Recently I had some time between two places I needed to be and a free ticket to the Japanese Friendship Garden in Balboa Park so I thought I’d zip in, see it quickly, and be on my way.
Wrong! Can you zip through something Zen? No.
The garden is there as a calm place of refuge. So, no zipping. Funny how it works. The entire garden is a place of stillness, designed to be a retreat from hectic daily life. I was lucky to be the only one there first thing in the morning when it just opened. So I did have a solitary experience. But I’ve been to see the polar bears at the zoo first thing in the morning and, trust me, alone in a garden is not the same as alone watching huge things splash in water.
The path through the garden gently curves and is made of different textures, not an even surface, so you have to pay attention to where you are putting your foot. It gently suggests that we pay attention.
The garden is very carefully designed to display certain principles and symbols and to share space with the surrounding southern California canyon that it looks down on. I know something of the symbolism of rocks and water from Chinese painting and a Japanese garden incorporates rocks and water as expressions of a wider world. Japan is a nation of 3000 islands. Naturally water is important. So water basins and waterfalls are in the garden to reflect that larger environment and to produce the calming sounds of water.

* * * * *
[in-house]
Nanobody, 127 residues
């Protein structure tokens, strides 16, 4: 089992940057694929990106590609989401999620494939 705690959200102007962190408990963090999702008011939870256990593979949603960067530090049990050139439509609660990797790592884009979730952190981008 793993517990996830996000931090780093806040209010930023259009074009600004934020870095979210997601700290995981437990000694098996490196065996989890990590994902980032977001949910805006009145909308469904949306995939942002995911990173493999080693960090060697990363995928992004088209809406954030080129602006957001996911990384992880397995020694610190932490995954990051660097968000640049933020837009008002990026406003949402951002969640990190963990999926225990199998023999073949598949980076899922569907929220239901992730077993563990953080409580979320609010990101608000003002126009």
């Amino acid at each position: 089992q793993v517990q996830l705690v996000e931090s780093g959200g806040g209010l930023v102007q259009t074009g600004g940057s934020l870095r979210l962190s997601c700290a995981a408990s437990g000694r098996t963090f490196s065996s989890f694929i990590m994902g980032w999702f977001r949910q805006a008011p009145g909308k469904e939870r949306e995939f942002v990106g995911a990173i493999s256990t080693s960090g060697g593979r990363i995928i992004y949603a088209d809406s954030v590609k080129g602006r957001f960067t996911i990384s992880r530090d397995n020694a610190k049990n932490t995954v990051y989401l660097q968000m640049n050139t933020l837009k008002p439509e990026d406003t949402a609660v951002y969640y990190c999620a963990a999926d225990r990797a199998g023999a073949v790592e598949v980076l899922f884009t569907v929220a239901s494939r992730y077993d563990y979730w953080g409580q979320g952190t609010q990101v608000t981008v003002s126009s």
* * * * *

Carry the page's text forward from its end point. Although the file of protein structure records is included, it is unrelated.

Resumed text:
Water basins and ponds do that. When I was there, it had just rained and I had the additional pleasure of seeing water caught by chance in a stepping stone. Water, the ocean, is also represented by raked sand or gravel. Koi represent longevity but these guys are used to tourists and are pushy fatsos. They rushed to the rim of the pond as I stood there, barging into one another with mouths wide open, obviously looking to be fed. They are a bit of comedy in the garden.
Rocks, usually an odd number of rocks, represent islands. Bonsai trees, living trees sculpted as miniatures, bring to view the gnarled twists of large trunks. Both present the concept of the garden as a reduced scale of a wider world.
The Exhibit Hall had some of Taemi Tsuda’s botanical illustrations. They are detailed studies of small things, cherries, crab apples, crocus. Very much the same subjects as Chinese painting. Here, though, the paintings show the vitality of the object through its botanical details. I couldn’t get a picture of them but the exhibit is there until June 3, 2012.
Taemi Tsuda’s small paintings were my favorite “encounter” in the garden.
Except for the fatso Koi.